Rare intermediate-mass black hole found tearing apart star

A distinct X-ray radiation flare gives compelling evidence to support their highly debated existence.
By | Published: June 19, 2018 | Last updated on May 18, 2023
NASA’s Hubble Space Telescope and Chandra X-ray Observatory teamed up to capture this image of prominent X-ray emissions (in purple on the bottom left) from a star on the outskirts of the bright galaxy shown here. The star was devoured by a black hole during a tidal disruption event, causing the black hole to eject some of the star’s X-ray radiation out into space.
The science community is confident in the existence of supermassive black holes, which are billions of times as massive as the Sun, and of stellar-mass black holes, which have masses only five to 30 times that of the Sun. But the existence of intermediate-mass black holes (IMBHs), whose size falls somewhere in the middle, has been highly contested. However, researchers at the University of New Hampshire’s Space Science Center recently witnessed a distant black hole devour a nearby star, producing a distinct X-ray flare that’s exclusive to IMBHs. The compelling evidence was published on June 18 in the journal Nature.

The search for this mysterious breed of black hole isn’t a new one, but identifying them requires two tricky aspects — timing and location. One of the few ways to identify this type of black hole is to observe a star being torn apart by its strong tidal forces. This occurrence, known as tidal disruption event, creates a massive and bright radiation flare. If researchers happen to witness such an event, they can study the radiation flare and begin to determine the black hole’s properties.  

“We feel very lucky to have spotted this object with a significant amount of high quality data, which helps pinpoint the mass of the black hole and understand the nature of this spectacular event,” said lead author of the study, Dacheng Lin of the University of New Hampshire’s Space Science Center, in a press release. “Earlier research, including our own work, saw similar events, but they were either caught too late or were too far away.”

Their new research used NASA’s Swift Satellite and Chandra X-ray Observatory, along with ESA’s XMM-Newton X-ray Observatory, to observe a massive radiation flare in 6dFGS gJ215022.2-055059, a galaxy about 740 million light-years from Earth. The flare was created during a tidal disruption event in which a star got too close to its galaxy’s center and was torn apart by the strong gravitational forces of its central black hole.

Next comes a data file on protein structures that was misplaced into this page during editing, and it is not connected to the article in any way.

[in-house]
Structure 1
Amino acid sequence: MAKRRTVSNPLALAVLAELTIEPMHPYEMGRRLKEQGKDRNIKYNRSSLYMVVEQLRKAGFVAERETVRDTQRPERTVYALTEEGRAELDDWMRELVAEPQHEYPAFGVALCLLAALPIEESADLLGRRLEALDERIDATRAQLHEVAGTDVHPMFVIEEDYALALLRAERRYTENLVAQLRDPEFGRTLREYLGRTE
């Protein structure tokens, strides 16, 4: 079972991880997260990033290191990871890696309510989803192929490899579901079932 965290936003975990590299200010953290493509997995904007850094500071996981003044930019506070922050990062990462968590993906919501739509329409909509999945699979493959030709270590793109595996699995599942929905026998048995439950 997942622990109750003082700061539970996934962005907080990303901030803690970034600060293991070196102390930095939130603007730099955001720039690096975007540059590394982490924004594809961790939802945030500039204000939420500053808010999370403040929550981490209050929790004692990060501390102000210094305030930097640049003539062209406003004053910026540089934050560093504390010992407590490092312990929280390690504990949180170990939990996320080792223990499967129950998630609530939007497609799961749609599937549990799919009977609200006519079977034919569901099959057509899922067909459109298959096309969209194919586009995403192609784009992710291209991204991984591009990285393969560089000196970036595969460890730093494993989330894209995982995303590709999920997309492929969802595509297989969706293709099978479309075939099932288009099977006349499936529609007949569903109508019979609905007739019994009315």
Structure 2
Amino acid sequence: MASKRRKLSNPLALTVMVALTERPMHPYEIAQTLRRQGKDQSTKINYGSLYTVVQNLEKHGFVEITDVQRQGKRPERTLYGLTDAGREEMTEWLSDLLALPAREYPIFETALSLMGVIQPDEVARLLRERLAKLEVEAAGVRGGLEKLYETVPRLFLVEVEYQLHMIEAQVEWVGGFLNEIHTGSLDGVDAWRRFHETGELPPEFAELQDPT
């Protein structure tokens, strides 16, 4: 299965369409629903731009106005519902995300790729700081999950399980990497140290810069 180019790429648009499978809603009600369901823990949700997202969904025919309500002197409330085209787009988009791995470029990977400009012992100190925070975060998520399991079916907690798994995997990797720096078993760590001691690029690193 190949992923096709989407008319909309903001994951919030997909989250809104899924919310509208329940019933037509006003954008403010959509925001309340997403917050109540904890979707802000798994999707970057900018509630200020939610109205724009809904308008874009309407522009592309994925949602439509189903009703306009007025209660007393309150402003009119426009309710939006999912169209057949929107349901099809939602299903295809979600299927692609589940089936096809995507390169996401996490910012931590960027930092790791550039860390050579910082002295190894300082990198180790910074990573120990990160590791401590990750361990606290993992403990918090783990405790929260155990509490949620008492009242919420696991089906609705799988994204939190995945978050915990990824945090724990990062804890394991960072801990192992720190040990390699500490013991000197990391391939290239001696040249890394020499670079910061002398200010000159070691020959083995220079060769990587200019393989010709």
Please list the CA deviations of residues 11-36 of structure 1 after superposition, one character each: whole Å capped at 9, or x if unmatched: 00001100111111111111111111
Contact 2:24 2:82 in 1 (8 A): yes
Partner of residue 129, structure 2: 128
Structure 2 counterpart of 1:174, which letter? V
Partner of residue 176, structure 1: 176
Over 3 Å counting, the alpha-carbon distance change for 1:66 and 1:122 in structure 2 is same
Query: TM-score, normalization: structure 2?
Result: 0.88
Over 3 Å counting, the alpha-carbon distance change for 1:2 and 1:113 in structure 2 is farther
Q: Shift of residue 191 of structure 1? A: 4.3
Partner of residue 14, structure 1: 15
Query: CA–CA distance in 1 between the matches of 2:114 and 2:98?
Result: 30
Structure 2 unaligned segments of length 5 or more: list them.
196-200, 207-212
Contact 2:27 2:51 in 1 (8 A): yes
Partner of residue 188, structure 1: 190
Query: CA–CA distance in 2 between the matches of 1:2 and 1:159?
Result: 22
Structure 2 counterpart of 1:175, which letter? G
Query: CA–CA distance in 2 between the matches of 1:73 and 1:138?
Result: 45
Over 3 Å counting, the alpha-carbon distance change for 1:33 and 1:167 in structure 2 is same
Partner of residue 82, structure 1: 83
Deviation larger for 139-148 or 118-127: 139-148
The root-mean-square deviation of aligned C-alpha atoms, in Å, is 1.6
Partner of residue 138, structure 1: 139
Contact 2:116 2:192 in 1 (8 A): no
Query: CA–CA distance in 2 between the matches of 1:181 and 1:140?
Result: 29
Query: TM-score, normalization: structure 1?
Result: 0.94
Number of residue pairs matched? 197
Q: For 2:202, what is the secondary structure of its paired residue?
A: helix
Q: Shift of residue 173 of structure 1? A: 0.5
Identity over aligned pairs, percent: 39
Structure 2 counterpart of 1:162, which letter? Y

During the disruption, part of the star’s material was ejected out into the galaxy, while the remainder was consumed by the black hole. As it was absorbed, the matter rose to millions of degrees and created a distinct X-ray radiation flare. The flare’s immense heat caused it to reach maximum luminosity and become visible, allowing researchers to study it in detail. From their observations, they were able to determine that the disruption was caused by a black hole fifty thousand times as massive as the Sun — directly identifying an IMBH for the first time. 

Despite having a tough time making the long-awaited discovery, the researchers believe that IMBHs are prevalent throughout the universe. 

“From the theory of galaxy formation, we expect a lot of wandering intermediate-mass black holes in star clusters,” said Lin. “But there are very, very few that we know of, because they are normally unbelievably quiet and very hard to detect and energy bursts from encountering stars being shredded happen so rarely.”

With tidal disruption events being such uncommon occurrences, researchers need to be observing the right place at the right time. Since Lin and his team happened to come across one by chance, they believe that most IMBHs are simply lying dormant, waiting to devour a star and make their presence known. Continuing to hunt for their existence will not only expand our knowledge of black holes, but also the evolution of galaxies and the configuration of our universe.